The first international visit by the Duke and Duchess of Cambridge, a.k.a William and Kate, has major implications for the future of the British House of Windsor in all of its institutional reach.
But the tour of the next generation of Royals also has significance for the links between transnational celebrity culture and humanitarian affairs.
For all the talk about the need to rebrand the monarchy, from a diplomatic perspective what jumps out is the traditional nature of the exercise.
In Canada, the "senior realm" of the British Commonwealth, the state-centric orientation of the trip was made explicit from the moment William and Kate got off the Canadian Forces plane flying them from London to Ottawa.
The immediate focal point was their attendance at the July 1 Canada Day celebrations on Parliament Hill in which the dominant theme was of the "unbeatable spirit" of the country.
In words hardly distinguishable from those that would have been used by earlier generations of Royals, William -- a search and rescue pilot with the Royal Air Force -- was most expansive in his speech on the military component of Canada's history, with special reference to the winding down of the Canadian combat role in Afghanistan. Along with Vimy Ridge, Juno Beach, Korea and the Balkans, this was said to be "an episode of which all Canadians can be immensely proud."
Although more commercial than geo-political, the U.S. non-Commonwealth component of the trip also contained strong elements of service to the state. The three-day visit to California was initiated by a Consular-General Reception in Los Angeles on behalf of United Kingdom Trade and Investment: a government department that looks after British business interests and start-ups overseas. It also featured a British Academy of Film and Television Arts event designed to spotlight up and coming British talent.
Yet the extended list of William and Kate's activities reveals the hybrid nature of the young Royals concerns, a mix that demonstrates very strongly the fact that they are influenced not only by state interests but by global celebrity culture.
In this arena, the influence is more the Duke's late mother, Princess Diana (who in a poignant twist would have been 50 years old on July 1), the original "Peoples' Princess".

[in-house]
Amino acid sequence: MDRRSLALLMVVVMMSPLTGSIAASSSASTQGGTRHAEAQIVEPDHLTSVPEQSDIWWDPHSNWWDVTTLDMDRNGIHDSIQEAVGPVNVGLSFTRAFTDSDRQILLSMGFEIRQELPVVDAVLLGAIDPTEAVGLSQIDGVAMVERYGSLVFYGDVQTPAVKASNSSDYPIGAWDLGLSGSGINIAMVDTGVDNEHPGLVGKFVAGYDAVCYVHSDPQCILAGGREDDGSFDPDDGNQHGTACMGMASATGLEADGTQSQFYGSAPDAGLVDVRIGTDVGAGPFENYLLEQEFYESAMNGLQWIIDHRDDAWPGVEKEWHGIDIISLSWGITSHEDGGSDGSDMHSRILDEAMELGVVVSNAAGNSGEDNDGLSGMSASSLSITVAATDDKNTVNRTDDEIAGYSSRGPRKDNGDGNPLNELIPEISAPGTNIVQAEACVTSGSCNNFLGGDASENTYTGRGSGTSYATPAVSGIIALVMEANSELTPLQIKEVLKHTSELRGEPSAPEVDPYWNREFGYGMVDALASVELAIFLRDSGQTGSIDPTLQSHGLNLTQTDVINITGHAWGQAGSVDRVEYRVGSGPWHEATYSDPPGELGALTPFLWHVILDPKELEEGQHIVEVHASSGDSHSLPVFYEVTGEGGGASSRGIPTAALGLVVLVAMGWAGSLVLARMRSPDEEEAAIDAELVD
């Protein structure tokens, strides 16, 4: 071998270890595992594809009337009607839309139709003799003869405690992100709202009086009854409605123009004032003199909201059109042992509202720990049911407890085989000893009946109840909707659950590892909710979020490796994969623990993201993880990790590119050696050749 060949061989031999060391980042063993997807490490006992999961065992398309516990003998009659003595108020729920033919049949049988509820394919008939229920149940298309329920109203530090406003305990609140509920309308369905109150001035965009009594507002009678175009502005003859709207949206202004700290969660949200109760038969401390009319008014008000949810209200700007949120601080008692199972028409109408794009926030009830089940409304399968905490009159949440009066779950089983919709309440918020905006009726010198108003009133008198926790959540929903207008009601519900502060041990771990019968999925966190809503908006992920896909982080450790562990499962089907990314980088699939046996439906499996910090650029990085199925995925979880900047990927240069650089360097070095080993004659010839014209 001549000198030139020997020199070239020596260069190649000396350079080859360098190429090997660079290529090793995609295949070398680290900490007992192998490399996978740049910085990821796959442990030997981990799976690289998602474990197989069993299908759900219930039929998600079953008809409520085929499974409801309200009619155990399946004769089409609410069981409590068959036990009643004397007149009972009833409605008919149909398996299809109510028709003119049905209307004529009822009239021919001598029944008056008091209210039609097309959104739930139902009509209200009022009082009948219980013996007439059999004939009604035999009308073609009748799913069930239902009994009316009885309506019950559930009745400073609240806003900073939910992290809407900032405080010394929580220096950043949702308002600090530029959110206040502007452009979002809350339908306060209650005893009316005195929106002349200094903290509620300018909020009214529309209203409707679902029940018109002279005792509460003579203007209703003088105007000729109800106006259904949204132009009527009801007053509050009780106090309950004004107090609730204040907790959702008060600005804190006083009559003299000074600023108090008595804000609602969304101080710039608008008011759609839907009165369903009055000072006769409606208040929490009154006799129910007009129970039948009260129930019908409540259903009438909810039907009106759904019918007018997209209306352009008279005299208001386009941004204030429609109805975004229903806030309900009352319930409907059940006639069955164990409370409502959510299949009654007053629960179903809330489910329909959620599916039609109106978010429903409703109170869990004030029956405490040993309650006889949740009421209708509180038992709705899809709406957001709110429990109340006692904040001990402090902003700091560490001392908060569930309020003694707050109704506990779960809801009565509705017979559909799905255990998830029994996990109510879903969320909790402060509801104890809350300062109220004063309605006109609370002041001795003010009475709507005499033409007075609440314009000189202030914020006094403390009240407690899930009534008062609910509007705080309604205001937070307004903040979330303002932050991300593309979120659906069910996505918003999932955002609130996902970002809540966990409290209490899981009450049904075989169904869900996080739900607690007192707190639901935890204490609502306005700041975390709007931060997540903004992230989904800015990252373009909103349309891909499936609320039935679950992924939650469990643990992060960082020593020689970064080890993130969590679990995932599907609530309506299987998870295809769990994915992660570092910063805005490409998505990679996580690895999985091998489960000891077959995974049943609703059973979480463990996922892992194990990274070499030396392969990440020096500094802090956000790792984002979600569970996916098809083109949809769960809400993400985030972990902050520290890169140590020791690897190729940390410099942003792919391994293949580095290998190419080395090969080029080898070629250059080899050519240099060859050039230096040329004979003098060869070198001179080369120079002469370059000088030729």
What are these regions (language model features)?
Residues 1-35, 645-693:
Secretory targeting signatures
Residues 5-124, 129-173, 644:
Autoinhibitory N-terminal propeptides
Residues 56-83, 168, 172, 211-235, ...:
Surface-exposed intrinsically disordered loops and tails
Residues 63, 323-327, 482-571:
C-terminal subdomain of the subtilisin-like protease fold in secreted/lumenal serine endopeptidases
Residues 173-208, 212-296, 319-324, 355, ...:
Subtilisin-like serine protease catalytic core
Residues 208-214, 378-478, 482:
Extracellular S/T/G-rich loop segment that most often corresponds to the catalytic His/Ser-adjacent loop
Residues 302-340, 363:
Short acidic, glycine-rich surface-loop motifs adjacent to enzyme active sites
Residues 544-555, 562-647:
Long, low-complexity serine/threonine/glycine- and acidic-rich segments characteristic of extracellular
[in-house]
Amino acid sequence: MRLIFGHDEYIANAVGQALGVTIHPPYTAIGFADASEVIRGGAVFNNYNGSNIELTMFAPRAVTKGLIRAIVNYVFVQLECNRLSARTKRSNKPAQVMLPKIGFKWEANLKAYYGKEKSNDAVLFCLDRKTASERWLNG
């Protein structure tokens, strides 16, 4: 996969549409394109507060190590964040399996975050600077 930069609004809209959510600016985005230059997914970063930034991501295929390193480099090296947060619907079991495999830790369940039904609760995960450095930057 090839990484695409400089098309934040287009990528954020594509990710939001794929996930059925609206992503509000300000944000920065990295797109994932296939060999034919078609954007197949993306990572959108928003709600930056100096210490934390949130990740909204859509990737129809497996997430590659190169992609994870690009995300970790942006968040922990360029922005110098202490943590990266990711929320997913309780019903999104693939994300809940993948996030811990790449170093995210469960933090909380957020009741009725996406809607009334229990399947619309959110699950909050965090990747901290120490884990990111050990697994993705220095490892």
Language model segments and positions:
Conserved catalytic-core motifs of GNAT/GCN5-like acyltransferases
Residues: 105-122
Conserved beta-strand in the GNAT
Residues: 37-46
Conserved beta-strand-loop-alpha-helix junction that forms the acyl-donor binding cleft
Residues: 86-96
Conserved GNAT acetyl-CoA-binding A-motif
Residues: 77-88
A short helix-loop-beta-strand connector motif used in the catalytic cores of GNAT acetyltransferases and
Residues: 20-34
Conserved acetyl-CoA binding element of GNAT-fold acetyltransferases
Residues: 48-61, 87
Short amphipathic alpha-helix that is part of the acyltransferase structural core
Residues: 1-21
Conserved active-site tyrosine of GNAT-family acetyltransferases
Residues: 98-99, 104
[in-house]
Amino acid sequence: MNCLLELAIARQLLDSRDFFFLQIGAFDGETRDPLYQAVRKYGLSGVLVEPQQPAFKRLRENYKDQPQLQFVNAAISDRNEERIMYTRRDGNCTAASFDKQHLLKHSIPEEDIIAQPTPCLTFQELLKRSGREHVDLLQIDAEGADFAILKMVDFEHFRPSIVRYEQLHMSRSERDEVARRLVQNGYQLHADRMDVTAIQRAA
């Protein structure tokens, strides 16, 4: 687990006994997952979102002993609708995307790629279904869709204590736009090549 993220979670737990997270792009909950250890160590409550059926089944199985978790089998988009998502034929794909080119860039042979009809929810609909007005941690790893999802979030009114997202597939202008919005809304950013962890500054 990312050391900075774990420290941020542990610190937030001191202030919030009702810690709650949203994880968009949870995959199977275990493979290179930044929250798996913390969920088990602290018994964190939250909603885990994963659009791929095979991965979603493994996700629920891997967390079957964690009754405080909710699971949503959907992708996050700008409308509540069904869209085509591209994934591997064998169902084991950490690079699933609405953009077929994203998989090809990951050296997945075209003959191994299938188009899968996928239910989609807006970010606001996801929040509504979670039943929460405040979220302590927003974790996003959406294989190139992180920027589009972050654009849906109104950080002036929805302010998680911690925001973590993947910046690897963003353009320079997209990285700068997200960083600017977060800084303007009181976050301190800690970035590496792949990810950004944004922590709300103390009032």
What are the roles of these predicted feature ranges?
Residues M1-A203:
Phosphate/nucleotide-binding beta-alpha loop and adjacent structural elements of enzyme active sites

Akin to Princess Di, William and Kate are at home in the company of other mega-celebrities such as David Beckham who they met again in California.
Nor is this relationship grounded only about fashion!
William follows in his mother's footsteps in a number of substantive causes, including taking on the position as the Patron of Centrepoint, the U.K.'s leading homelessness charity.
Connections with this local humanitarian agenda were made in the California trip with visits to Skid Row and to a job fair for U.S. servicemen and women transitioning to civilian life.
The big question is whether tension will appear for the young Royals between their traditional state connected activities and a more diverse humanitarian agenda.
As is well known, Princess Diana consolidated her mega-celebrity iconic status by rebranding herself as the champion of the anti-personnel landmines campaign working with the Red Cross and the HALO Trust.
Given the stimulus of the star power William and Kate have demonstrated in North America, the attractions of rebranding themselves in a similar global manner will loom large.
Yet as the experience of Princess Diana witnessed, such efforts bring out tensions between celebrity humanitarianism and institutional duties.
How these tensions will be reflected and if they will be resolved is a serious theme that deserves at least as much attention as the immediate buzz created by the 11-day tour by the young Royals.